April 22, 2007

"Shadow of the Moon" revisions

A loyal reader has been reviewing the TokyoPop edition of Shadow of the Moon and had a few questions about differences in the translations. I haven't read the book myself, so I only address myself to these specific concerns.

Not surprisingly, most of the problems are in Part 1, Chapter 4. Looking back through my notes, I see that I started Shadow of the Moon over three years ago. I translated part 1 and then put it aside for several months before resuming where I left off. So this is the first time I've reviewed it carefully.

I did make some silly mistakes. On the other hand, the middle-aged brain is apparently capable of learning something in three years.

Chapter 1/4

Before she could react, he reached out and grabbed Yoko's feet--not aggressively, but submissively, as if in some foreign gesture of respect.

1) "Feet" is preferred to "legs." But the parenthetical, "as if in some foreign gesture of respect," is not in the original. And it's a strange parenthetical, as the gesture would not be all that "foreign" to Youko. What's surprising to her is that it's being done by someone who appears to be her social superior.

An example can be found in the action movie Boukoku no Aegis (pretty much a clone of Under Siege and The Rock), in which a navy commander does almost the same thing, debasing himself before a police officer to keep his shipmates from getting locked up for causing a brawl.

The man took her foot and placed it squarely on his lowered forehead.

2) Here I think the TokyoPop translator has mistaken the arch of the foot for the instep. The important clause is 「足の甲に額を当てる」lit.: "touch forehead to instep of foot." 「足の甲」 is defined as the "arched upper surface of the human foot between the toes and the ankle."

From Yoshie Omura's invaluable Twelve Kingdoms glossary, he describes the rite as follows: 王が「許す」と言うと、麒麟は王の足の甲に額(角)を当てる。すると王は神となる。[When the empress says "I accede," the Kirin touches the instep of the empress's foot with his forehead (horn). Upon doing so, the empress becomes a god.]

Yoko felt her mouth form the words.

3) The literal translation is: "The amazed Youko nodded despite herself."

4) I remember debating the verb "allow" (許す). True, it doesn't really work, but I don't like "accept" (which TokyoPop uses) either. I think "accede" is better, since Keiki is really asking Youko to "accede (or yield) to his demands" rather than to "accept" them.

But I did mis-attribute Youko's "I accede" to Keiki. Japanese can be frustrating in how dialogue attribution is marked, but this one wasn't confusing at all. (Like I said, three years ago . . . . )

5) Keiki refers to Youko as "Gozen" (ゴゼン), which can be translated as "Your Excellency," or "you," depending on context and time period. The consensus so far seems to be the former. During WWII, meetings with the emperor about critical matters of state were known as "gozen conferences" (御前会議).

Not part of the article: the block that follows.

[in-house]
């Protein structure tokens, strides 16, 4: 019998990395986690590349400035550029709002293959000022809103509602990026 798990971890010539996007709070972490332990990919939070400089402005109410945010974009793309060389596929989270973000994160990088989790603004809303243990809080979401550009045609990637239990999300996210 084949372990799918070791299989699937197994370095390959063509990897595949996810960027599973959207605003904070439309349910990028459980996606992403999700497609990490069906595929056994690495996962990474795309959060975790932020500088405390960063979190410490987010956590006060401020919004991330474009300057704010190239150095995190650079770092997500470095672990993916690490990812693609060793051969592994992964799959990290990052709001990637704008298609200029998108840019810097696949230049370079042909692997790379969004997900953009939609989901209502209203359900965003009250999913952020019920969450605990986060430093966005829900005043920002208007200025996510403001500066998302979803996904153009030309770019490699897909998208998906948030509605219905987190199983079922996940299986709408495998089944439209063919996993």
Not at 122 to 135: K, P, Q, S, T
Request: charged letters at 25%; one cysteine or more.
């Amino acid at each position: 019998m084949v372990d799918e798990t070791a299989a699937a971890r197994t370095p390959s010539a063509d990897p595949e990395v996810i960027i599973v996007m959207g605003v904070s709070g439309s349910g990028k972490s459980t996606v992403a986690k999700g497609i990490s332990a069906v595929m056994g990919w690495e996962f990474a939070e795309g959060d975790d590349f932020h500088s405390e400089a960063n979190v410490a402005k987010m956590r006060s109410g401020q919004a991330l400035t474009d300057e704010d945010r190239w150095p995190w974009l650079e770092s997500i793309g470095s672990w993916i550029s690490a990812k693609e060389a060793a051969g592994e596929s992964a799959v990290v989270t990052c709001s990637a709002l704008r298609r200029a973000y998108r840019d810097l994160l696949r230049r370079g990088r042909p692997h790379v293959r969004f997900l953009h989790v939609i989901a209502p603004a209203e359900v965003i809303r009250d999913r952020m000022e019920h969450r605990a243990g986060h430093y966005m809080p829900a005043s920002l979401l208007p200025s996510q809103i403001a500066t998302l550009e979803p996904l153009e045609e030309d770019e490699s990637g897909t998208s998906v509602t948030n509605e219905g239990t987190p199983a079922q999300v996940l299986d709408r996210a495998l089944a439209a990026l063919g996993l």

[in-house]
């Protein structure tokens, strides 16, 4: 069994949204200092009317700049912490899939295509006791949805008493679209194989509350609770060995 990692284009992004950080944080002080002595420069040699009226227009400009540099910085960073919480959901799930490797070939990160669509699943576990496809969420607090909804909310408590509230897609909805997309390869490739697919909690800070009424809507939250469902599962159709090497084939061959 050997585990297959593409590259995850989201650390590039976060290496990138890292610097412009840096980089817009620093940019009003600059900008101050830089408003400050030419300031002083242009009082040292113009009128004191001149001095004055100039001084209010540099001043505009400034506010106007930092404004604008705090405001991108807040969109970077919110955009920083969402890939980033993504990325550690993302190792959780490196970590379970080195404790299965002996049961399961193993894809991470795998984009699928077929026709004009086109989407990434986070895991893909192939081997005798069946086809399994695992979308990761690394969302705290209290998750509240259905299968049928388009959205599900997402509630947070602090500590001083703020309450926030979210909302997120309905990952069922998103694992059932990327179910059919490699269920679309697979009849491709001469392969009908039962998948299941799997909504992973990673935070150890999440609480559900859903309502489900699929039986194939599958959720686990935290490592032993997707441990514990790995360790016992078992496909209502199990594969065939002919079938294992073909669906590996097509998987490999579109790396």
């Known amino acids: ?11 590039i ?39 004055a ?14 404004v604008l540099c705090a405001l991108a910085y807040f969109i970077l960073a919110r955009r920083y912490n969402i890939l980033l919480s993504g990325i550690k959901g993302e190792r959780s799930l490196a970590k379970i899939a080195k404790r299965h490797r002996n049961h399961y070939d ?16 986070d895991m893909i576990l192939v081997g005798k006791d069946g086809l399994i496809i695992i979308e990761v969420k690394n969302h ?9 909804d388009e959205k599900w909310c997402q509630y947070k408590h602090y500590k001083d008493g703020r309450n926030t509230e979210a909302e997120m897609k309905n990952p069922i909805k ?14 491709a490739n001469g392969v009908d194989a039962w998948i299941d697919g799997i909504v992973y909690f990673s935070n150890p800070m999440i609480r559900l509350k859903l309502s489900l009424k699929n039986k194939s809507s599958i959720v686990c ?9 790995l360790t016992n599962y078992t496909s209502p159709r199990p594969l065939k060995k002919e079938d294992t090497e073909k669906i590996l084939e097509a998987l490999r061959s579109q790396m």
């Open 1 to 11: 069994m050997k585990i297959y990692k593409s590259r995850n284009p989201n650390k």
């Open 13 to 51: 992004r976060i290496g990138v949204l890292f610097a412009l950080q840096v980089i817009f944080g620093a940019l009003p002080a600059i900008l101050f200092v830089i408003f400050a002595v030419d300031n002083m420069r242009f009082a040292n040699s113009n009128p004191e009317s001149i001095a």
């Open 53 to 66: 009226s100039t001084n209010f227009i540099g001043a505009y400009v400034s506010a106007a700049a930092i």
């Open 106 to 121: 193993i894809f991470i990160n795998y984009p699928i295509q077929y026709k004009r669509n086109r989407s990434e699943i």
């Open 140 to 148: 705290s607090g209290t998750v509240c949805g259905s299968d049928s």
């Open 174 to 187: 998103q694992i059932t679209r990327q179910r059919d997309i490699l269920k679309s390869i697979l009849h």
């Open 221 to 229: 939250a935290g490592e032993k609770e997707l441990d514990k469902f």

Keiki's entourage consistently refers to Youko using honorific language, which makes it clear to the reader that they don't consider her an ordinary person.

6) I completed missed the "through" clause in this sentence:

Her senses reeled. She felt something coursing through her. Her vision momentarily went black. A low rumble like an earthquake shook the room. The courtyard outside the windows fell into muddy shadows.

Chapter 1/8

Referring to the jewel, I honestly have no idea where I got the plural from. All references (including accompanying pronouns and verbs) should be singular: chapters 8, 9, 14, 15, 16, 17, 21, 31, 32, 33, 34, 35, 36, 37, 43, 44, 46, 66 (sigh).

Chapter 4/9

Another dumb error. Should be:

"When's the last time you had anything to eat?"

Youko couldn't be bothered to come up with a number so she remained silent.

TokyoPop also makes the error I did of using the pronoun "she," which conflicts with the "sir" (or "mister") the child uses, believing she is a boy. Better: "It wouldn't stay down."

The online and offline browser versions have been updated.

A note about romanization: In Hepburn, Youko would be written Yōko (or Yôko) to indicate the long vowel. Except that the macron is not a standard character in English and most people don't know what it means anyway. Both long and double vowels are held two beats versus one for ordinary vowels.

More importantly, the macron doesn't discriminate between double vowels (/oo/) and long vowels (/ou/). Ask a native Japanese to slowly pronounce a long vowel, and they will articulate the /u/. So I prefer to write long vowels as "spelled" in hiragana (except for common place names; writing Tokyo as "Toukyou" would confuse people).

Discriminating between long and short vowels is probably the most difficult aspect of Japanese pronunciation. The example cited by Jack Seward is komon (顧問) and koumon (肛門). The former means "consultant," the latter means "rectum." I'll often resort to tapping out the syllables. "Yōko" is three beats: Yo-u-ko.

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